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In his preface, Bolt explains that he intended “common”
to be understood to mean “universal,” but many people ascribe the
pejorative connotations of vulgar and low class to the word as well.
Bolt laments the fact that upper class and even lower-status people,
who resented such an image, failed or refused to view the Common
Man as a representative of themselves. However, regardless of how
Bolt viewed his character, the Common Man embodies both universality and
baseness. In fact, the Common Man shows that the “common” human
being is base and immoral.
Although the Common Man acts in many different roles
in order to establish his universal nature, he actually develops
into a coherent character as the play progresses. Initially, he
portrays Matthew and the boatman, who are forgotten figures of the
lower class who judge the noble characters in the play and make
them look like fools. Yet as the play progresses, even the characters
played by the Common Man begin to lose their moral footing. Matthew,
for example, tries to suppress his guilty conscience for having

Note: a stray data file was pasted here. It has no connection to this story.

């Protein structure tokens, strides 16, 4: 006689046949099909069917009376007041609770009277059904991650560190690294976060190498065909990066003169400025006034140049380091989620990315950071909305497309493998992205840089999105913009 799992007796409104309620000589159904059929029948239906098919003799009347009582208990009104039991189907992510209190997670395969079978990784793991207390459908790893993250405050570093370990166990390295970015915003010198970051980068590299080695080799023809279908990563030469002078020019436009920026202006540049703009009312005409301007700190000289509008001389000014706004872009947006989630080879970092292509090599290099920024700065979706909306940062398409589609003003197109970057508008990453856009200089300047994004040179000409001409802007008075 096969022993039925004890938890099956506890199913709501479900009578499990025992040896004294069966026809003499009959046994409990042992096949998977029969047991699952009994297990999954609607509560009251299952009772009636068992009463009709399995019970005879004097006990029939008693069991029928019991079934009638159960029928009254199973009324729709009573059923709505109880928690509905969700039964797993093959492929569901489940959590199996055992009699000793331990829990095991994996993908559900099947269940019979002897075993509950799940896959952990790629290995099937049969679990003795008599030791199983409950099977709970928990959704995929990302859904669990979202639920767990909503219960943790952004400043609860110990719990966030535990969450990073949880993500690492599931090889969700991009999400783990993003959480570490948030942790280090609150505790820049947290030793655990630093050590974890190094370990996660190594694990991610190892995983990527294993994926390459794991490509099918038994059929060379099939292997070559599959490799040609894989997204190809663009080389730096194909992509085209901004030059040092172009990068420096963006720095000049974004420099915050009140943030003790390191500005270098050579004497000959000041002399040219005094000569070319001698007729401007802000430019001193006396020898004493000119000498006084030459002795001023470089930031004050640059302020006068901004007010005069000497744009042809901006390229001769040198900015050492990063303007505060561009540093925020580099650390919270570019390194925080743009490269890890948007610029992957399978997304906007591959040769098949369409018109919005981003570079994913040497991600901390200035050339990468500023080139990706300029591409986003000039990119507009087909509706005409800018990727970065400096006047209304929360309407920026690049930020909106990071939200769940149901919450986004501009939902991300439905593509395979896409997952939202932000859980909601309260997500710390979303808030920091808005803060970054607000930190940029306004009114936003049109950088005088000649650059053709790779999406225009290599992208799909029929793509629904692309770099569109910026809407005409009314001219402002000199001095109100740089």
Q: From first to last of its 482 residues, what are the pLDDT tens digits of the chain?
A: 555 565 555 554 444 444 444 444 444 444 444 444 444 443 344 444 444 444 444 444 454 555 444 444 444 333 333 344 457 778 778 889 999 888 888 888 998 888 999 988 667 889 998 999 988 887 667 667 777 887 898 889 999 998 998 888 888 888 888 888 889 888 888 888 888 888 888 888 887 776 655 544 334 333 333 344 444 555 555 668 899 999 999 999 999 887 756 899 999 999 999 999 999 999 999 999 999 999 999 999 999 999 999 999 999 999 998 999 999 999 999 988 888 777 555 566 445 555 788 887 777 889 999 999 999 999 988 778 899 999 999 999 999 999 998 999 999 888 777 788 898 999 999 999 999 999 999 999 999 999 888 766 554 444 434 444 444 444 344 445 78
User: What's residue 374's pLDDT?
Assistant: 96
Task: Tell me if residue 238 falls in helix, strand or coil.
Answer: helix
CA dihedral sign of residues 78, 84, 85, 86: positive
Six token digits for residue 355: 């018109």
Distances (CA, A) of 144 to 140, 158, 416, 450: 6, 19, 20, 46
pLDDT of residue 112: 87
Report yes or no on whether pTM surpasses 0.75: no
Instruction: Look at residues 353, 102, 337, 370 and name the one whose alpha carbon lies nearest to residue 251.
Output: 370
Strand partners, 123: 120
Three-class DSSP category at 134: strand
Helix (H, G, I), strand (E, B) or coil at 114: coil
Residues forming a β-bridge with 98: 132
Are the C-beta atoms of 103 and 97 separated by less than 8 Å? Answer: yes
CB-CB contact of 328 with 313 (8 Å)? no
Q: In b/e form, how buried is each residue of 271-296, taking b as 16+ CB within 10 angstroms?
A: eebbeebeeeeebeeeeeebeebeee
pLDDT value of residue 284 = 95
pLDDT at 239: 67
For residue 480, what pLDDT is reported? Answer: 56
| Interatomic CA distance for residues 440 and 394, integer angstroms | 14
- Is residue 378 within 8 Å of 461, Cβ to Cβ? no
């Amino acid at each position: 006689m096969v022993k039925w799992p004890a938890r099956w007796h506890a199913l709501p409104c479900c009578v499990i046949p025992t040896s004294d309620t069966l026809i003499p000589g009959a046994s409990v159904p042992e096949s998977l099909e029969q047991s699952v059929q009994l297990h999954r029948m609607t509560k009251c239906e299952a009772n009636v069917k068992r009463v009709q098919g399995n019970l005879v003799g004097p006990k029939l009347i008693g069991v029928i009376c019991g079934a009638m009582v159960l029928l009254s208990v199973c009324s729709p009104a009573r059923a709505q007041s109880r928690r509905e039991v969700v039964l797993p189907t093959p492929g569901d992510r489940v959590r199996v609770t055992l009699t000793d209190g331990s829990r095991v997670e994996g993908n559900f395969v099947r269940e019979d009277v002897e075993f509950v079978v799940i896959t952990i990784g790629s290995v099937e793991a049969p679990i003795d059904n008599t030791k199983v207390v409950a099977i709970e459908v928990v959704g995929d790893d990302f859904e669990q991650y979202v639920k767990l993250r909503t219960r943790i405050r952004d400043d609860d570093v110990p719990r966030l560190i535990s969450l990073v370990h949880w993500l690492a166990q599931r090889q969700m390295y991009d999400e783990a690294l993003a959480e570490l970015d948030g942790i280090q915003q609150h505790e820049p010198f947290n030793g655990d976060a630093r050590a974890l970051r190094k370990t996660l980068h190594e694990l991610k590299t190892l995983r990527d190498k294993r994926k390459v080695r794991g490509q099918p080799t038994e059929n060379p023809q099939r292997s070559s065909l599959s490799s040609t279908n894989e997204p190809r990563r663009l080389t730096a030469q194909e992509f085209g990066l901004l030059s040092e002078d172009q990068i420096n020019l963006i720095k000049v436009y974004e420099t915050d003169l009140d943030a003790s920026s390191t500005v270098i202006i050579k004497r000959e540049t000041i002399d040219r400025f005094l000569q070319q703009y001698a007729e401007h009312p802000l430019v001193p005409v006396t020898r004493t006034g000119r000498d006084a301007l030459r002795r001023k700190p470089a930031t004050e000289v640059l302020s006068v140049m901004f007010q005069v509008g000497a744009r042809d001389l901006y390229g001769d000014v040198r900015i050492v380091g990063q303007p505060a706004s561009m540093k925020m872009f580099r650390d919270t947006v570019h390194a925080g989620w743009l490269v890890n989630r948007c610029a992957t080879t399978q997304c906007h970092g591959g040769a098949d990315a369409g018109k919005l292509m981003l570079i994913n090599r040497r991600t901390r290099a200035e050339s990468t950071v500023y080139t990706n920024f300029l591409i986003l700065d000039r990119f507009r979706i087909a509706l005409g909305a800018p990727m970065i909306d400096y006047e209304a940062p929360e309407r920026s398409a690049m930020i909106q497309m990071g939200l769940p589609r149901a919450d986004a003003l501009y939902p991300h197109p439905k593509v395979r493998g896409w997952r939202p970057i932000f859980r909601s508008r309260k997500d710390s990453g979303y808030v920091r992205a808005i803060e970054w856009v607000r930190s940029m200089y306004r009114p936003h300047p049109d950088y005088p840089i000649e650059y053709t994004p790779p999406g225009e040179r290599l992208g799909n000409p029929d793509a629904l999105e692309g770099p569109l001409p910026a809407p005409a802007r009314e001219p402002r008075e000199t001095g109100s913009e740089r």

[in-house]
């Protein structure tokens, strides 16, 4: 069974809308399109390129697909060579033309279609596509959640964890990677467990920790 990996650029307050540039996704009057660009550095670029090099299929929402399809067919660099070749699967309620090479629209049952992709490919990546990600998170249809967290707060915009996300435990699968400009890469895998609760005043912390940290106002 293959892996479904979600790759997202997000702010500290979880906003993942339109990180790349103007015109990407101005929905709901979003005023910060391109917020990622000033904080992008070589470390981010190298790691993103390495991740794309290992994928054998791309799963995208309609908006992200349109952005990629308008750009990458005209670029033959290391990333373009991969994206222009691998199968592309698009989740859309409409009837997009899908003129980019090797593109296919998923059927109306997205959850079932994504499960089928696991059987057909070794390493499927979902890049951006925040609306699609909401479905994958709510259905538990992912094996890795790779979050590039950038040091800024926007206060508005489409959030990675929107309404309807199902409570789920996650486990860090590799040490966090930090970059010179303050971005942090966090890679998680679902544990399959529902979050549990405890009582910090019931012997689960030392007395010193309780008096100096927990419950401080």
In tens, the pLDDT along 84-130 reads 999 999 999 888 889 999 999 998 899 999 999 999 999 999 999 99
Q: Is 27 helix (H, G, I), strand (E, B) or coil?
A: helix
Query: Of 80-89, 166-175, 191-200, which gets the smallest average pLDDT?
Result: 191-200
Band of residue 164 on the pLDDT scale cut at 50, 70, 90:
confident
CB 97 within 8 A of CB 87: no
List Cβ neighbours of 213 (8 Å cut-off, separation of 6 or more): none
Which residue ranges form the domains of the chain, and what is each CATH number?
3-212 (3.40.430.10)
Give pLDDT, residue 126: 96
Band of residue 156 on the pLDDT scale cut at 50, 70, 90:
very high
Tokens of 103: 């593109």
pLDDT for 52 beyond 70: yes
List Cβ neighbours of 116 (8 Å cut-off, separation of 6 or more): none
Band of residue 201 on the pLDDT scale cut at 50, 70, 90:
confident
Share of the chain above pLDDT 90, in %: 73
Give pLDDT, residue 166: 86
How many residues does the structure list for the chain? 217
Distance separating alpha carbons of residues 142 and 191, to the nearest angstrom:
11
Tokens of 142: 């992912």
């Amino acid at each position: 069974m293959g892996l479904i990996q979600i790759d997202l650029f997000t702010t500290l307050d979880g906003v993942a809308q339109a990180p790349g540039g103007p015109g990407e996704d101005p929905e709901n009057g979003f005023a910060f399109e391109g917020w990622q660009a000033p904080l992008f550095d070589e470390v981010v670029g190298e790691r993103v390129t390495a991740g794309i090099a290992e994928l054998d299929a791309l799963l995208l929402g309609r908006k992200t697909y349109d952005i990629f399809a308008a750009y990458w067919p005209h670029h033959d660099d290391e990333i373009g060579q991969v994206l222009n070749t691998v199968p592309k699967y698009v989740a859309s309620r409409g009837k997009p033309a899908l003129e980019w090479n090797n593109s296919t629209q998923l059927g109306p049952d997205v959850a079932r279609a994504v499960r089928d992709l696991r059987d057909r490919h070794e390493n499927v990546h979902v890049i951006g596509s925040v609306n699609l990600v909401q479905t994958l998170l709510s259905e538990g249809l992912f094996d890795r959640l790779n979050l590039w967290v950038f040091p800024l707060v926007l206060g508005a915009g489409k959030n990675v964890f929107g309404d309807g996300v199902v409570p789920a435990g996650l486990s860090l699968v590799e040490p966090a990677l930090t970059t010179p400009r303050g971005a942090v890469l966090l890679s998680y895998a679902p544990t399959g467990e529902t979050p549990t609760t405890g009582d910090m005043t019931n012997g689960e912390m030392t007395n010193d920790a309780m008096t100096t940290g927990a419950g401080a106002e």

sold out More after More expresses his affection for Matthew.
Eventually, the Common Man’s characters become more aware of
the excuses they make for their immoral acts. When the jailer deliberates
about whether to set More free, he speaks directly to the audience
about the futility of trying to do the right thing. By the end of
the play, the Common Man affirms the notion that to be alive—regardless
of the nature of one’s actions—is the only thing that counts. As
a whole, the Common Man’s role in the play shows his complicity
in More’s persecution. Because the Common Man represents humanity
in general, he is intended to draw us all into
the play’s central moral dilemma.
Ace your assignments with our guide to A Man for All Seasons!